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Monday beer links: Luther, Tachtigers and koduõlu (oh my)


Alworth’s 9.5 Theses is not just another listicle (which, if you recall my aversion to such things, is more than begrudging praise). As commenters suggest there are contradictions within, but that’s what you get when you think about things.

– The story of East-Indian Haantjesbier was not a contribution to this month’s Session (“missing local beer styles”), but it could have been. This reads like the beginning of an historical novel, doesn’t it? “The Tachtigers, as many Dutch people vaguely remember from Dutch class in high school, were a group of young, rebellious writers and artists who wanted to resist the complacency of the Dutch bourgeoisie of that time. And Haantjesbier is what was served at the Karseboom café in the Kalverstraat in Amsterdam, where the Tachtigers met in 1881. In fact drinking Haantjesbier was an act of resistance in itself, because the actual fashion of the day in the Netherlands was Bavarian beer.”

Seto kingdom day (and koduõlu).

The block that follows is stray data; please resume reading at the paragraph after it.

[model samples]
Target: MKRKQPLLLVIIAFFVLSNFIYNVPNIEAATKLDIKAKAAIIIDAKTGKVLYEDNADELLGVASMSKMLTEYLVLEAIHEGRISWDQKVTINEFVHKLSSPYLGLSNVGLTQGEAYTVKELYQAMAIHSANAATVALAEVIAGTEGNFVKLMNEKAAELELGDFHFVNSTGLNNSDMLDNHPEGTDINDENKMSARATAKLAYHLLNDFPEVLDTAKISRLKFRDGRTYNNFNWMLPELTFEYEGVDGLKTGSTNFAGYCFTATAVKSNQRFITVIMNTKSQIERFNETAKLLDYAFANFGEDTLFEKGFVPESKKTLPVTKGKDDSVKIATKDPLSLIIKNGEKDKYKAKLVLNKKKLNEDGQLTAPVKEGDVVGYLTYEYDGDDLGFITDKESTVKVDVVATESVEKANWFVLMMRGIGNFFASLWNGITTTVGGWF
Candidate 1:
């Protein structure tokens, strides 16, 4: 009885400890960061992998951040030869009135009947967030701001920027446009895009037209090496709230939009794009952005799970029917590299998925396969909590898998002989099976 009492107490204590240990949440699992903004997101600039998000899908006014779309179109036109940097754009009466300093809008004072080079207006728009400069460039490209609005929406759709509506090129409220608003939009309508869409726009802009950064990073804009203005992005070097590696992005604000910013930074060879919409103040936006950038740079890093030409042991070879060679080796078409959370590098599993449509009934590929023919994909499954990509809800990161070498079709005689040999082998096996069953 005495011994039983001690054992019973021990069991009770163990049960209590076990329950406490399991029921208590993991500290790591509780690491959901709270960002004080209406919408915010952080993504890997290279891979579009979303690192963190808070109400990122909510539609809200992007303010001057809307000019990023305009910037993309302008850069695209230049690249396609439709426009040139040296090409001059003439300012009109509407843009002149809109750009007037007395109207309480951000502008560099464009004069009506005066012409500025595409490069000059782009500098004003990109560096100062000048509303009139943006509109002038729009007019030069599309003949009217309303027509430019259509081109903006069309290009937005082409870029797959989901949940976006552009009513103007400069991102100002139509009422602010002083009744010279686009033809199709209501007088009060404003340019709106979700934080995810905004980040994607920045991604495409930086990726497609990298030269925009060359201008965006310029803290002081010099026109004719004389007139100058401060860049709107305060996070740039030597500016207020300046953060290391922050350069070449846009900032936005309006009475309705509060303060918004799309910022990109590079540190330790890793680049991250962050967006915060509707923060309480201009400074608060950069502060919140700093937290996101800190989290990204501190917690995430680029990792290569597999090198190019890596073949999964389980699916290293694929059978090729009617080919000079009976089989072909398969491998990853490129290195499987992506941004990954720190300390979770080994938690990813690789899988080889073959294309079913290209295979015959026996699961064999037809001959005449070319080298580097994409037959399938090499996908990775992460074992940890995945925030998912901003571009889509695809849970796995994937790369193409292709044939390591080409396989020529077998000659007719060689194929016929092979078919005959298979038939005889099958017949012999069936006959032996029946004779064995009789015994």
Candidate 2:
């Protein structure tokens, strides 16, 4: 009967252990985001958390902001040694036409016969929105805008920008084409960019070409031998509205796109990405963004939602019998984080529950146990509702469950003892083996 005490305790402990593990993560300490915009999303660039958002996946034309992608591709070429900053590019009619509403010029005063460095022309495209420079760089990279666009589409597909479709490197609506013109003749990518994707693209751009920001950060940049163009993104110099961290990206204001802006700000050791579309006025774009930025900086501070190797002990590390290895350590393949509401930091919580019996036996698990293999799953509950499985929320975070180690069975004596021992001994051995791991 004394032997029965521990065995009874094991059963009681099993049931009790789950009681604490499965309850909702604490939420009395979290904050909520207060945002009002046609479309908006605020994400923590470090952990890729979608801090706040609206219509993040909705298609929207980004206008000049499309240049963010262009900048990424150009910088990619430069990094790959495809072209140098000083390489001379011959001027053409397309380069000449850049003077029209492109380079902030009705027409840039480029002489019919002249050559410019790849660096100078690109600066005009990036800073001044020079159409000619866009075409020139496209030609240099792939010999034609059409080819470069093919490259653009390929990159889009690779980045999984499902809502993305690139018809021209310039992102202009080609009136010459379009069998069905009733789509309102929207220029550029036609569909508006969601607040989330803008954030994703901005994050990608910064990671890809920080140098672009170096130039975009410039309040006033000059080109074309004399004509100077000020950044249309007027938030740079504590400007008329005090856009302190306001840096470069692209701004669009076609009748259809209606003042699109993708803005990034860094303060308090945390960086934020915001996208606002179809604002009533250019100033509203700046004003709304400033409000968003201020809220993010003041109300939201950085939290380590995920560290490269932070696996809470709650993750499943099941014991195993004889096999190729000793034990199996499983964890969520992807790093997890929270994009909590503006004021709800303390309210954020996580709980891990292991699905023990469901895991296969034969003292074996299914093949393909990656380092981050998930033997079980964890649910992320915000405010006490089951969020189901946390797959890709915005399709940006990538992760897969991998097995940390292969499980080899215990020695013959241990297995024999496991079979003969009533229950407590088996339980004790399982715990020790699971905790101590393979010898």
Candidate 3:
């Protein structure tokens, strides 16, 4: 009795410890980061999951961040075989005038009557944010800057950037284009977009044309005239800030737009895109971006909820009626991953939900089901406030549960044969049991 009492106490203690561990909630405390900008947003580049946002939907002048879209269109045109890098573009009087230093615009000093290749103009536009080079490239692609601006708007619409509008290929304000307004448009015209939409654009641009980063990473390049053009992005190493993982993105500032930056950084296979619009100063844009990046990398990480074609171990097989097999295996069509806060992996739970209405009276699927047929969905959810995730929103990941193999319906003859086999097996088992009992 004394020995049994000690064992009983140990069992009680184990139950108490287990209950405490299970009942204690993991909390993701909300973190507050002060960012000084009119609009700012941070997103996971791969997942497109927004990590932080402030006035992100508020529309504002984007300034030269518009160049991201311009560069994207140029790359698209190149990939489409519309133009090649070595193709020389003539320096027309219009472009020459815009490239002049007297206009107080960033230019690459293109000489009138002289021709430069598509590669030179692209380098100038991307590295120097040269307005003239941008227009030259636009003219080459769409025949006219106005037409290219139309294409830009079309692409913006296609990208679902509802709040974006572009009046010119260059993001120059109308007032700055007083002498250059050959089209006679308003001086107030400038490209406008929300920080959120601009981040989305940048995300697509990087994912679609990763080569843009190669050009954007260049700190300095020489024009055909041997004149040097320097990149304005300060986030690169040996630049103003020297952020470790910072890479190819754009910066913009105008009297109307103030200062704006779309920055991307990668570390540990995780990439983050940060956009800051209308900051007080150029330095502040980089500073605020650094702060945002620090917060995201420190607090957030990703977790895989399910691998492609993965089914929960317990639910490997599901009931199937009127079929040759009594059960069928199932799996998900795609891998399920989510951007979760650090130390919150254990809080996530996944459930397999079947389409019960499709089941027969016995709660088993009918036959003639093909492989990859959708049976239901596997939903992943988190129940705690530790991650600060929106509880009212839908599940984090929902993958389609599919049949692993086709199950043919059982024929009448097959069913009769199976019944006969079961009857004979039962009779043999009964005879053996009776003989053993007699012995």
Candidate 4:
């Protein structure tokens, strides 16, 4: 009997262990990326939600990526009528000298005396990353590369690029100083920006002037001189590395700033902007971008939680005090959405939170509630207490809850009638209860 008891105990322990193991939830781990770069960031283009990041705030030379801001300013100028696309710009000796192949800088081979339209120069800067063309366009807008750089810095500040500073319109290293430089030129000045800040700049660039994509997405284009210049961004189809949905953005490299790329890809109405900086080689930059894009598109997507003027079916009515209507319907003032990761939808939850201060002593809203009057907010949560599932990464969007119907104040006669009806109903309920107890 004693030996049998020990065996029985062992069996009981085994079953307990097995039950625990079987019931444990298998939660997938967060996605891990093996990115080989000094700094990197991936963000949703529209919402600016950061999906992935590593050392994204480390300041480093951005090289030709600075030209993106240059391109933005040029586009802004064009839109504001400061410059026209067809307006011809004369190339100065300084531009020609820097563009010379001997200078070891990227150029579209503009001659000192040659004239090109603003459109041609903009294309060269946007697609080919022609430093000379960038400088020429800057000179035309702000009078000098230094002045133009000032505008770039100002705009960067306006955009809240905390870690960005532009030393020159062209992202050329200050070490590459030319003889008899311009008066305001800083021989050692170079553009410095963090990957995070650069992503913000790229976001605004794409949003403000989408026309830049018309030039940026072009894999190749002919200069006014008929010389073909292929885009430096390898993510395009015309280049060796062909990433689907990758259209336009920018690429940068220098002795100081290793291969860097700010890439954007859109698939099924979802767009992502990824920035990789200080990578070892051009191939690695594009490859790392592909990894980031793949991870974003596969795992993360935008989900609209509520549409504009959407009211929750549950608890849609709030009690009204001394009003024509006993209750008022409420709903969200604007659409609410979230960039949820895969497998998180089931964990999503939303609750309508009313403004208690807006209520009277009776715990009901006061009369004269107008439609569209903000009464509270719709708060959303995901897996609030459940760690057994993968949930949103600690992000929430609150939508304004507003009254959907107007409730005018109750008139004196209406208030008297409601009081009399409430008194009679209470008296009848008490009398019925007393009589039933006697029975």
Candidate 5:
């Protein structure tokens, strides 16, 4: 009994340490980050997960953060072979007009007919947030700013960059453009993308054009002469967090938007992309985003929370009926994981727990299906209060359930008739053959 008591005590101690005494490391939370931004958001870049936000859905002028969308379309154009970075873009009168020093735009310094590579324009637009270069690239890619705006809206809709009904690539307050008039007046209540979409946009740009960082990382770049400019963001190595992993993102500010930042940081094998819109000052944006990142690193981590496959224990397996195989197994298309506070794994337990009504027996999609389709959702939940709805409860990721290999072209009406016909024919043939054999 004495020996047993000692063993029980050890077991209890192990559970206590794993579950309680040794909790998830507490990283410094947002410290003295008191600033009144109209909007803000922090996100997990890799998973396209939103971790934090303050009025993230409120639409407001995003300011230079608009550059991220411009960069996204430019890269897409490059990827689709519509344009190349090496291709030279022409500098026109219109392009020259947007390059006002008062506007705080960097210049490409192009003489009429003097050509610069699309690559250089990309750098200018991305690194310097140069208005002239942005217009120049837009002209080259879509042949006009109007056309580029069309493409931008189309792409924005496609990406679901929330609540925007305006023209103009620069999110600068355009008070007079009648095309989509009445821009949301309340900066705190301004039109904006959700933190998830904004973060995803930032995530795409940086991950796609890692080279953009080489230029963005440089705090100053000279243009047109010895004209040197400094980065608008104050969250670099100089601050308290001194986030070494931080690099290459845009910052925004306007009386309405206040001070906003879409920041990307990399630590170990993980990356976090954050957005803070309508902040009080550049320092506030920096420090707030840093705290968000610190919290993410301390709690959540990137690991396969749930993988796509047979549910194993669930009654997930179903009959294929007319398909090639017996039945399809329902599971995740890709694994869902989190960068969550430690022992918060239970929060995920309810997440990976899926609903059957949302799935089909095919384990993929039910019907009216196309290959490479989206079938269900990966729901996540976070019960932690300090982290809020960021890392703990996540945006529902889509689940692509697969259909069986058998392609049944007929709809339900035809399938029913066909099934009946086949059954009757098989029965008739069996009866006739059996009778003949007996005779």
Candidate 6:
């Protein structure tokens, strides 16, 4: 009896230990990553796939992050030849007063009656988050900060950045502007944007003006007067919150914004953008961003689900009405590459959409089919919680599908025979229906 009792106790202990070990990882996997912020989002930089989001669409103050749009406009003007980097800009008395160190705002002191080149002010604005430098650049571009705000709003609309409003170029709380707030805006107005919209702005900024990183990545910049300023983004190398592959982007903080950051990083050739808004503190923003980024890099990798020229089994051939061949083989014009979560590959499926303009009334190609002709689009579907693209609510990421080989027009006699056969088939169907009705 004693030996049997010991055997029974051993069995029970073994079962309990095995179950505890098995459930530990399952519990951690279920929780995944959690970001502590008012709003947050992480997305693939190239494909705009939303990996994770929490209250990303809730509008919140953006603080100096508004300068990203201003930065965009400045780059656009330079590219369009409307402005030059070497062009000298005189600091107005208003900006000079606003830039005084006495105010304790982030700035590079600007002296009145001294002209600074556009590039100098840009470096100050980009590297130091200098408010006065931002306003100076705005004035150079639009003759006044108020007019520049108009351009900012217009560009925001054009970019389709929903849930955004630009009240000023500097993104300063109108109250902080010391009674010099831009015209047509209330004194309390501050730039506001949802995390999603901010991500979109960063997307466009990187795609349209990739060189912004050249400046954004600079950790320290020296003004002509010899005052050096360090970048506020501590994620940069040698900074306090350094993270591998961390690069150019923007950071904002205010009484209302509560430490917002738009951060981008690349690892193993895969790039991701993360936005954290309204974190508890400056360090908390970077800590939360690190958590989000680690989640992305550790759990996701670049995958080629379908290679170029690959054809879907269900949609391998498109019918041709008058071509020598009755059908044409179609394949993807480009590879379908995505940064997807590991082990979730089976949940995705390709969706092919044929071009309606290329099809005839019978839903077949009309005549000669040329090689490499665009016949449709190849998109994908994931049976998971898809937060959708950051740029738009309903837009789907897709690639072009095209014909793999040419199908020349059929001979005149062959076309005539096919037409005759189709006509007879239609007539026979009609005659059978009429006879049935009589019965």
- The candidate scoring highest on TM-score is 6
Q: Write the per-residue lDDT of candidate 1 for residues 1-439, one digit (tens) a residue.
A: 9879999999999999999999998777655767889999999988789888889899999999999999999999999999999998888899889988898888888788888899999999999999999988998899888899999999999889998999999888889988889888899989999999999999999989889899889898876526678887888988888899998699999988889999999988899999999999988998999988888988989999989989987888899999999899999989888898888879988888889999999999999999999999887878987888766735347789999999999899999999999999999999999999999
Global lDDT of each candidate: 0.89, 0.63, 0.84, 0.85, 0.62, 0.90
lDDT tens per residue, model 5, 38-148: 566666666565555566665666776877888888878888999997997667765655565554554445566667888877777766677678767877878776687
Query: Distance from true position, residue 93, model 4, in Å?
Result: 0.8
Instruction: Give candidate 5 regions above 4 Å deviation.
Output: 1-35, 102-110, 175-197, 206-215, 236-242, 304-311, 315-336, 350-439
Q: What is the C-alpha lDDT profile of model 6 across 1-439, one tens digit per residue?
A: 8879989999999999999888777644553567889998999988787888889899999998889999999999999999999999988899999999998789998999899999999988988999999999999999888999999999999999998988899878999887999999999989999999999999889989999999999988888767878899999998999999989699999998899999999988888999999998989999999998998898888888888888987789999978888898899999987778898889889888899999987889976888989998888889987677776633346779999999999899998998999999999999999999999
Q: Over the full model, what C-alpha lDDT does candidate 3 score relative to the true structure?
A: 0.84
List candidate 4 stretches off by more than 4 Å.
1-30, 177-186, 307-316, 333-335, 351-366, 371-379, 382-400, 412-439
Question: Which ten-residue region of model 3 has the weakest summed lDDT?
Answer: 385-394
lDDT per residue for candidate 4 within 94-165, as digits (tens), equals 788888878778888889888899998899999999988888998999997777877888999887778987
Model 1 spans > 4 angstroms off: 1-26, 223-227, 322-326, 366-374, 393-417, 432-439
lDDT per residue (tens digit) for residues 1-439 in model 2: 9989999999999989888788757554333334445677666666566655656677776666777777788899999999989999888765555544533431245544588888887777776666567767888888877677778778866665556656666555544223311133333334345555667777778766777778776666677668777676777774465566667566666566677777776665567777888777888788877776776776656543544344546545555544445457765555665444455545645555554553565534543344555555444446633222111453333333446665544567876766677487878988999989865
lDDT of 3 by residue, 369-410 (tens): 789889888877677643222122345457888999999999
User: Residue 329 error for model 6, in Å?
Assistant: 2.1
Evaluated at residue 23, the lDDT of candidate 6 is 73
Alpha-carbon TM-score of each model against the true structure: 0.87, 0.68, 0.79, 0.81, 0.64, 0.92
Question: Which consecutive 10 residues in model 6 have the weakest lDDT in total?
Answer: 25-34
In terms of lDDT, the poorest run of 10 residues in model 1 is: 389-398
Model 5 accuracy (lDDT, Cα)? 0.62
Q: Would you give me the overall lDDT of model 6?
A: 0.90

– Alworth’s 9.5 Theses celebrate Old World beer culture, so it is interesting to consider Weatherspoons pubs as “very close to a universal British experience these days.”

– Imagining beer as an act of imagination.

barley malt

– Discussing how base malt flavor influences beer preferences is just the beginning. Research in 2018 will consider several malting barley varieties, grown in two to three different locations, from three different crop years. Presumably they’ll also tackle another question: How much influence does the malthouse itself have on flavor?


– I’m pretty sure faux-egalitarian BS and first-person preening is not a good thing.

– And the flip side: When is a beer (just) a beer?


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